The last review on fucoidan research development described the extraction and analysis for a range of macroalgal fucoidans, in addition to uptake and biological activity.1 This review seeks to provide updates on analysis, regulatory status and current clinical usage of fucoidans. Other recent reviews provide a focus on promising areas of bioactivity,2 anticancer activity3 and pharmaceutical dosage forms.4 The commercial availability of fucoidans present in cosmetics, foods and nutritional supplements has increased. A fucoidan preparation called ‘Haikun Shenxi capsules’ was approved in China in 2003, and its clinical use as a therapeutic for chronic renal failure has been described.5 There is now regulatory approval in the US and Europe for the use of fucoidans in supplements and cosmetics. There have been new developments in assay techniques for measuring fucoidans and establishing bioavailability. The first clinical trial on intravenous delivery of a radiolabelled fucoidan has now been reported.6 This encouraging research focusses on the use of fucoidans to image thrombi and may become the first intravenous clinical application of fucoidan.
Despite earlier research into the potential of fucoidans to prevent post-surgical adhesions—an area of unmet clinical need—only one commercially available product for use in horses, called PERIDAN., has eventuated.7 A 2019 study confirmed the efficacy of both research grade Fucus vesiculosus and PERIDAN. (Laminaria japonica) fucoidans in reducing abdominal adhesions in a rat model.8 Interestingly, continuous infusion of either PERIDAN. or Fucus vesiculosus fucoidan was sufficient to prevent adhesions, but as a single bolus, only fucoidan from Fucus vesiculosus was successful. At the time of writing, no human clinical trials are listed.
The effects of fucoidan on microbiome
Global concern regarding the increase of drug-resistant superbugs and the lack of new antibiotics for treating human and animal diseases has led to a call for new approaches. In agriculture, there is an urgent need to develop strategies to replace antibiotics for food-producing animals, especially poultry and livestock. In human health, there is increasing awareness of a connection between the microbiome and disease conditions.
Fucoidans have bacteria-inhibiting qualities against the ulcer-causing Helicobacter pylori,9-11 and modulate the growth and biofilm-forming properties of other types of bacteria.12 Additional antiviral activity and the anti-inflammatory nature of fucoidans1 make them suitable for a wide range of digestive tract applications. In particular, fucoidans can attenuate inflammation generated by lipopolysaccharides produced by Gram-negative bacteria.13 New research demonstrates activity against norovirus, for which there are no current treatments.14 Perhaps much of the biological activity ascribed to fucoidans may be due their effects on modulating microbiome and inflammation from the oral cavity and throughout the length of the gut.
The use of fucoidans as potential agents in oncology has been recently reviewed by others and is briefly expanded upon here.3,15 The mechanism by which fucoidans could induce either a direct or indirect anticancer effect is better understood. The modulation of immune activity by fucoidans shows promise, not only as an anti-inflammatory agent, but also as a potential vaccine adjuvant. This immune-modulatory effect may also represent an additional anticancer mechanism for fucoidans. Observations in elderly Japanese subjects showed that oral administration of a fucoidan extract enhanced their response to influenza vaccines.16 The mechanism for this useful activity may be associated with the ability of fucoidans to bind to Toll-like receptors.17 Another emerging application in the literature is the use of fucoidans in ocular diseases,18 particularly age-related macular degeneration due to their ability to interfere with the activity of vascular endothelial growth factor (VEGF).19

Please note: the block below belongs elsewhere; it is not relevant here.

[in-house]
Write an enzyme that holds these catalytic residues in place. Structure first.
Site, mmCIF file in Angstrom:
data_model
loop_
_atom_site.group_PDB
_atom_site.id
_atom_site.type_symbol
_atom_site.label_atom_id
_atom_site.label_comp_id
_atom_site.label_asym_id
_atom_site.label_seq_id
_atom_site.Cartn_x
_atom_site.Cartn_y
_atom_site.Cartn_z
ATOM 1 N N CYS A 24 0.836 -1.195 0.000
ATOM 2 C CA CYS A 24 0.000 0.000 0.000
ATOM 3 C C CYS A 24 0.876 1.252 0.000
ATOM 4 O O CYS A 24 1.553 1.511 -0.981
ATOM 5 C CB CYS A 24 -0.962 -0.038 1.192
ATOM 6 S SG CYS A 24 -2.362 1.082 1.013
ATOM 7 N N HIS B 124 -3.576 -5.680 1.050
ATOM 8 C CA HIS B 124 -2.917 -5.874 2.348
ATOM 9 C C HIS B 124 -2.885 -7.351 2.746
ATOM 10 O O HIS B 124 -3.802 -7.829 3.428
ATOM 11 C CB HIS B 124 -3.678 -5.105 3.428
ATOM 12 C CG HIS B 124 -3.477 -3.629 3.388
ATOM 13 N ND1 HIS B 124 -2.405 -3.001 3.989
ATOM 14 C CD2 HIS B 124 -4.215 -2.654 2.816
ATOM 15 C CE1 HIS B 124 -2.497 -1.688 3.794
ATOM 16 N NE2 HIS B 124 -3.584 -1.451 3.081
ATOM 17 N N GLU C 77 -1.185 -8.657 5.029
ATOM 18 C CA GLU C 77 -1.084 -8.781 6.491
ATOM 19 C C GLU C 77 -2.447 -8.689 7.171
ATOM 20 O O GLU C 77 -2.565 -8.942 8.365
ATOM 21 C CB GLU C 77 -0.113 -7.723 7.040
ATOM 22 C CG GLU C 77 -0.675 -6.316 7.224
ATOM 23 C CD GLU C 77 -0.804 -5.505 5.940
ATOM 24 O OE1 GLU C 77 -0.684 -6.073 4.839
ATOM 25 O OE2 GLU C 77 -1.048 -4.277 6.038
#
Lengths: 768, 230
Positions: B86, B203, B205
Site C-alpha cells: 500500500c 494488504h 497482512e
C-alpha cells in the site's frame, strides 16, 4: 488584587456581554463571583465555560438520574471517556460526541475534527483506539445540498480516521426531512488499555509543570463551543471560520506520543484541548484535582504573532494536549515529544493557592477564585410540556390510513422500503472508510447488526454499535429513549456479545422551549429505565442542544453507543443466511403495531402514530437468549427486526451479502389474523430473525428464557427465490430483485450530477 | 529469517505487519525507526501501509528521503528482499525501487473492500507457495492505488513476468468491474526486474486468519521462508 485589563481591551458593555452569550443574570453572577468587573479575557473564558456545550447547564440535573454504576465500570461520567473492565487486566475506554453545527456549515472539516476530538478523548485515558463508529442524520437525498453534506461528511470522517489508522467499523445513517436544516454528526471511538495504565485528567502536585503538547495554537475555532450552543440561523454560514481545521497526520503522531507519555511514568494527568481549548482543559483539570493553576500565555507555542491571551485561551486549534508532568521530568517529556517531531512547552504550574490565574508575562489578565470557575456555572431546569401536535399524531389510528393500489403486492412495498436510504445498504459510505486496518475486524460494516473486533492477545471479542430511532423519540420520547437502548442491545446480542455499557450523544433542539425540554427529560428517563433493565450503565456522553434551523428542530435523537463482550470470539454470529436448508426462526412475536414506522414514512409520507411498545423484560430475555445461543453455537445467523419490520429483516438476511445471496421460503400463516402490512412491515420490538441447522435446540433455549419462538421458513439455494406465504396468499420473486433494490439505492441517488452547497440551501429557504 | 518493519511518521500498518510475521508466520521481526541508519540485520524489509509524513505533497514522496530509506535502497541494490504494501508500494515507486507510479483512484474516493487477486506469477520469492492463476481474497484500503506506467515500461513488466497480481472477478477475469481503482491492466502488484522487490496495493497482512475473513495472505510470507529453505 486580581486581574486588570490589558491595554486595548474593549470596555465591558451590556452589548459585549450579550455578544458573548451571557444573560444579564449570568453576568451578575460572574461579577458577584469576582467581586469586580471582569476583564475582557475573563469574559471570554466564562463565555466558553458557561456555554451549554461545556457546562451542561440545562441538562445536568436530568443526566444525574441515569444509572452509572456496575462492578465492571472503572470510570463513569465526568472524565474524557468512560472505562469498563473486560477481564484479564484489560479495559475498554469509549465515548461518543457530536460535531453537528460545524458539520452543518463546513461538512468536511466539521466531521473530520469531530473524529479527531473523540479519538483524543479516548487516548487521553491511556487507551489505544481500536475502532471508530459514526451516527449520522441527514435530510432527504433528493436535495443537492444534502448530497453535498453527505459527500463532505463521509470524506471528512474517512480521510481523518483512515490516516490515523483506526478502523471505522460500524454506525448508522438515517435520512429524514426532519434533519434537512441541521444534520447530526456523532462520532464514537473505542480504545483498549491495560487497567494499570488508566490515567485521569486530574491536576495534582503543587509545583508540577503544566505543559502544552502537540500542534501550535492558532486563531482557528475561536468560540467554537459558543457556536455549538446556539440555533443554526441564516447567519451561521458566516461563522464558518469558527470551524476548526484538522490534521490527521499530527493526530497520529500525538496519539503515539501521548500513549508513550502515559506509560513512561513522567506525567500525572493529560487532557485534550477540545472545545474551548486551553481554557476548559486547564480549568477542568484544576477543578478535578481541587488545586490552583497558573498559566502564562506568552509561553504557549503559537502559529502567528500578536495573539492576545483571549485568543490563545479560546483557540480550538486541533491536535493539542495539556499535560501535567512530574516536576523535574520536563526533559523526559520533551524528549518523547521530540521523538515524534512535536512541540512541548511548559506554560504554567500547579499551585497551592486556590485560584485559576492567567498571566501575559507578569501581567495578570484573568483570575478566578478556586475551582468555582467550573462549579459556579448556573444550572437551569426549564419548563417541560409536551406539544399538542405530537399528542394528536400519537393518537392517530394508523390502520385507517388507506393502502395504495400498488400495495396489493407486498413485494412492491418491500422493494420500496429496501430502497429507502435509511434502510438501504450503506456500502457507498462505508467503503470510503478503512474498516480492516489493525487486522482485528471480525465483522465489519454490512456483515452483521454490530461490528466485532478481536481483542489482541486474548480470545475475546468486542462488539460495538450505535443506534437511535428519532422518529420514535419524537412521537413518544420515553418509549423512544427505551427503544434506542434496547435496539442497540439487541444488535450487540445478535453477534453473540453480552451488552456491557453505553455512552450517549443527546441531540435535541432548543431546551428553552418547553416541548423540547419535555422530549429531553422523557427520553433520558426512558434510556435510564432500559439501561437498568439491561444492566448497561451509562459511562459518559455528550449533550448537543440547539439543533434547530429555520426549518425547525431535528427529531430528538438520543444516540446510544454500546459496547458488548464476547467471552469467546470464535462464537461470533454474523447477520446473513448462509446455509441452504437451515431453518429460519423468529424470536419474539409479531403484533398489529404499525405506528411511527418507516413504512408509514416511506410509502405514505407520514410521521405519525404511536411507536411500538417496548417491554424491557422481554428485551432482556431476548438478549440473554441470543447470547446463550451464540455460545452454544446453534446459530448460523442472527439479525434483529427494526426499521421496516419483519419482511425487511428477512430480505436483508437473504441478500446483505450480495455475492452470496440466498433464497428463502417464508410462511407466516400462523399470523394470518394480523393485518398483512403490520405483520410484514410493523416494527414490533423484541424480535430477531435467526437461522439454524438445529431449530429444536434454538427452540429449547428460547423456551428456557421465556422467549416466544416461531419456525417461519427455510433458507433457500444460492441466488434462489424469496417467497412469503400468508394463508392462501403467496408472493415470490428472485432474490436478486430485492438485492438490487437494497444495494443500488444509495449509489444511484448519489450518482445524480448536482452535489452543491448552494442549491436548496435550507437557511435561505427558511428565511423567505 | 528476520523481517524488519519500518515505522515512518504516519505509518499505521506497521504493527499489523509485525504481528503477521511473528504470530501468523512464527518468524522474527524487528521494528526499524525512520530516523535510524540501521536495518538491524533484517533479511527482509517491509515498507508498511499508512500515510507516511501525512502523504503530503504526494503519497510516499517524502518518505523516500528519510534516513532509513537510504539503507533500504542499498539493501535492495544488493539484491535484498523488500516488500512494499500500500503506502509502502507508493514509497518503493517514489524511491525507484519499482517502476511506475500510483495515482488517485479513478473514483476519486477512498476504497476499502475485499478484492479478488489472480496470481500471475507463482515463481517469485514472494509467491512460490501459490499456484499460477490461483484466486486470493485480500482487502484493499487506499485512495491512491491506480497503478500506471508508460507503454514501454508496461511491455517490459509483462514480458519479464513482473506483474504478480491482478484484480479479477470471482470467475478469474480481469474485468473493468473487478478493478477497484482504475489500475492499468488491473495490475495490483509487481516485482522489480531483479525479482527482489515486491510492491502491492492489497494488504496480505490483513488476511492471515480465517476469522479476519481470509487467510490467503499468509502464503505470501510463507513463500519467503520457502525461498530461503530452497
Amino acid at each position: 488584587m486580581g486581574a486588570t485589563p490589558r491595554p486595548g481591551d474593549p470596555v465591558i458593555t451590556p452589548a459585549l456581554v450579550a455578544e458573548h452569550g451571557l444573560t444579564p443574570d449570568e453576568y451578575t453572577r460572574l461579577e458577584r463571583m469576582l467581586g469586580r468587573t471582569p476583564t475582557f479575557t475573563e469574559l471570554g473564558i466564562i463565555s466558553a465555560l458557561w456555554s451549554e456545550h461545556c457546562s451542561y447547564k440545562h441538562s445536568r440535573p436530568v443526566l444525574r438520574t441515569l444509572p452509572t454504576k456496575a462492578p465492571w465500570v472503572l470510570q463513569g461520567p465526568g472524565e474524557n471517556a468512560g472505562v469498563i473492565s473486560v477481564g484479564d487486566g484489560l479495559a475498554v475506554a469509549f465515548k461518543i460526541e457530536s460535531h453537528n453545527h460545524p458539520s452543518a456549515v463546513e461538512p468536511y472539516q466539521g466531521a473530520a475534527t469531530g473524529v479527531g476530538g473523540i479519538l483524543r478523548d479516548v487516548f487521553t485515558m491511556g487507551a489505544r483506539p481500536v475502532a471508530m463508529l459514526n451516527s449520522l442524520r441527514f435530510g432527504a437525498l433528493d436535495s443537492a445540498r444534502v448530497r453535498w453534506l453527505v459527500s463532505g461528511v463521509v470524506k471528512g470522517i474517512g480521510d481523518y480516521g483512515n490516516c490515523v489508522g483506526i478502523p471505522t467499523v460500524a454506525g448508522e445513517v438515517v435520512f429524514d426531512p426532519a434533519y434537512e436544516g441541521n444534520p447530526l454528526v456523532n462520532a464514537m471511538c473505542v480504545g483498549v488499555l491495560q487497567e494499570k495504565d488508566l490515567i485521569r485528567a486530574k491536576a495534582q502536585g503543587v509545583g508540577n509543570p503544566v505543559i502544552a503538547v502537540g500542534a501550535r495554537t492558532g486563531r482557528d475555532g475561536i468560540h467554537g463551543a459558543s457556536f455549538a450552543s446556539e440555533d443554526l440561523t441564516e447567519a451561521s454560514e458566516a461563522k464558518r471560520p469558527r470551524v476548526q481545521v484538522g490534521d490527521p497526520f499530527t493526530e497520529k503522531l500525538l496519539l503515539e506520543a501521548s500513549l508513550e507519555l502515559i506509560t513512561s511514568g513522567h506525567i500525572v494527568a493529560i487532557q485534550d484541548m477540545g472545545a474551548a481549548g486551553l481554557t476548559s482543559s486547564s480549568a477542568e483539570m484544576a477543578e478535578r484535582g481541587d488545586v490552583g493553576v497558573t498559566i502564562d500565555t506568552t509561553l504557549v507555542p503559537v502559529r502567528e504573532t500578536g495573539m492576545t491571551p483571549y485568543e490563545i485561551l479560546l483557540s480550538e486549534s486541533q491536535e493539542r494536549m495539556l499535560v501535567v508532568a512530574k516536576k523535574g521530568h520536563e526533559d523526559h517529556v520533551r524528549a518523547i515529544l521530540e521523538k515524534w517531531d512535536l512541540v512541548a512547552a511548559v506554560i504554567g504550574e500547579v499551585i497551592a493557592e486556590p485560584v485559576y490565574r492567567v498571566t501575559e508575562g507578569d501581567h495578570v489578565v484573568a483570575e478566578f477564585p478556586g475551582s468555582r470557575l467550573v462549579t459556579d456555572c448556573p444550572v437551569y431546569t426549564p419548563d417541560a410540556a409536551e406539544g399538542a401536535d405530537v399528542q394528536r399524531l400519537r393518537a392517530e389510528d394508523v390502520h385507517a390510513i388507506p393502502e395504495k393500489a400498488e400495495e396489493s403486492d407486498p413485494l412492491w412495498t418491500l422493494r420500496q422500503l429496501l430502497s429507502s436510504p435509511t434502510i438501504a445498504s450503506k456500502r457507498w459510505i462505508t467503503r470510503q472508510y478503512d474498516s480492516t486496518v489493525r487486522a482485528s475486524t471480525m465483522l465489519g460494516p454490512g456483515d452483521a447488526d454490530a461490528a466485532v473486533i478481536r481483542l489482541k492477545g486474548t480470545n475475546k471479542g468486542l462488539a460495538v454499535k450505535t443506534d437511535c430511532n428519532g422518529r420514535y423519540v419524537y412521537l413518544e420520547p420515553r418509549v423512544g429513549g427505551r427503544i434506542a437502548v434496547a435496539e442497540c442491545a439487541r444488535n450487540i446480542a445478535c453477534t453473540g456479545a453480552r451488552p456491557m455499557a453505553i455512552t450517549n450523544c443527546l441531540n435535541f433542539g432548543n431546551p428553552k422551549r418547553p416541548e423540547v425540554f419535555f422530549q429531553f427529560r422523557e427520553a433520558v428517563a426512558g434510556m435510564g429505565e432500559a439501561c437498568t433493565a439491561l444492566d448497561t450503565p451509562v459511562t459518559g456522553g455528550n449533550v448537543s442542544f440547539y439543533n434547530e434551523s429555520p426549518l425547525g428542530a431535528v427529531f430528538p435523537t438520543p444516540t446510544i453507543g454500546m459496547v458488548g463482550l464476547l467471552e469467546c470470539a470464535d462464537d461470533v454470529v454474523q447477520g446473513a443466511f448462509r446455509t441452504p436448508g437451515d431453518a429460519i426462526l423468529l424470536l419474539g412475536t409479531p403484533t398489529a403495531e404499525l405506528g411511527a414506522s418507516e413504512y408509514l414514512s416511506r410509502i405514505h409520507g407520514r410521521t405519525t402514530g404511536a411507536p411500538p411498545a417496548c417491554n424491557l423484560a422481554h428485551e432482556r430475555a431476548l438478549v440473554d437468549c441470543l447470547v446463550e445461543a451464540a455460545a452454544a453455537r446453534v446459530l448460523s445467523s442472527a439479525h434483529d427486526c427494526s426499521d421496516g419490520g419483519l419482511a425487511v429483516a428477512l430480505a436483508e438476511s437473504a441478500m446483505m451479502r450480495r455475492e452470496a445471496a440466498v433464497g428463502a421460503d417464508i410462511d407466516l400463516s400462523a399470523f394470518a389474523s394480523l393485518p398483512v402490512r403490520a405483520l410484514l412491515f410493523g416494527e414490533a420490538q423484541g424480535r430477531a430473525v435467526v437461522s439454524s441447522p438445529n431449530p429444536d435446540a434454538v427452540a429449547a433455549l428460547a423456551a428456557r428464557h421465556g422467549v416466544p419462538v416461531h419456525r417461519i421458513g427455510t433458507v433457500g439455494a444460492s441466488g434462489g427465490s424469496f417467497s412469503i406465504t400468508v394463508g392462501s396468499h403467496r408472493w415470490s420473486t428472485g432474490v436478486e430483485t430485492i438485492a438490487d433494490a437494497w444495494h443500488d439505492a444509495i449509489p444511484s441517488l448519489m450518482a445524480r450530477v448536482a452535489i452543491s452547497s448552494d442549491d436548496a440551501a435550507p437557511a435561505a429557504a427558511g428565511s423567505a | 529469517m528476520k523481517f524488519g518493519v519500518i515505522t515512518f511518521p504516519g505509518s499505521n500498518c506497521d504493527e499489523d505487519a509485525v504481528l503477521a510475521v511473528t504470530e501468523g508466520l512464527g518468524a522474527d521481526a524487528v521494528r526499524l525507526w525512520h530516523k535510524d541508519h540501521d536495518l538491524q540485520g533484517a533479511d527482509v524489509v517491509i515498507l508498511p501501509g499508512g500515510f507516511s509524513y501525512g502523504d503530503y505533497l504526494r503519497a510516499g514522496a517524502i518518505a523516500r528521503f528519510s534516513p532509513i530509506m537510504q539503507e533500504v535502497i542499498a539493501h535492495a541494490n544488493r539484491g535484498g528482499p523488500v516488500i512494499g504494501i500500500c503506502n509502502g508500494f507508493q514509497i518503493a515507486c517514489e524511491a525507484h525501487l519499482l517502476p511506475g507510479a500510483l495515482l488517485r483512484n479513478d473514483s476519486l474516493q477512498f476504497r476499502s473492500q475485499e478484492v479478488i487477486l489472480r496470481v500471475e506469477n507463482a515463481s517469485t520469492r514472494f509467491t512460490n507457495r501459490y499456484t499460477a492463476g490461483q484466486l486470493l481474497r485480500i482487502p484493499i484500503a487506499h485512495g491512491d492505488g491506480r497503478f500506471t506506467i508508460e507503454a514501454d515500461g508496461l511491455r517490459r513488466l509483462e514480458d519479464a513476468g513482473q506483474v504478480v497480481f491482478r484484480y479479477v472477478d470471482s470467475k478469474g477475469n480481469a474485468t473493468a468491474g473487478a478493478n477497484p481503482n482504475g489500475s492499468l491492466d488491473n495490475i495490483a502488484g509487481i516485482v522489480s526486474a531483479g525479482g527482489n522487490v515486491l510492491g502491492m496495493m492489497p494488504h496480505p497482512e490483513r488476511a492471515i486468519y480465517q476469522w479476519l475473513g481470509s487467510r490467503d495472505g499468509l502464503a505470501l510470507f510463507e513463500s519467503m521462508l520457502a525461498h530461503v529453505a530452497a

Bioavailability and measurement of fucoidans
Measuring fucoidans during extraction processes, and in biological tissues and fluids, remains technically challenging. Standard laboratory methods for analysis have been outlined previously.1 Recent developments in measurements in biological fluids include an electrochemical interface method,20 and a highly sensitive dye-based method, now commercially available from the analytical company, Redprobes.21
Interestingly, some fucoidan preparations sold commercially for use in food and supplements may not contain fucoidan as stated. Some preparations appear to be alternative polysaccharides, perhaps laminarin, whilst others may be substituted with glucose or cellulose.24
The oral bioavailability of fucoidan preparations is generally low, although recent studies have elegantly demonstrated the uptake and tissue distribution of Fucus vesiculosus fucoidan in a rat model.25 A Japanese study has further confirmed the bioavailability of fucoidan and its excretion in urine, after ingestion of whole seaweed.26 This follows their earlier work demonstrating the uptake of orally delivered fucoidan in serum and urine.27 The recently described observations of clinical efficacy of orally delivered fucoidan for chronic renal failure indicate probable systemic uptake5 in humans. Systemic uptake after oral delivery indicates potential for additional clinical applications in the future, perhaps including the control of thrombosis.28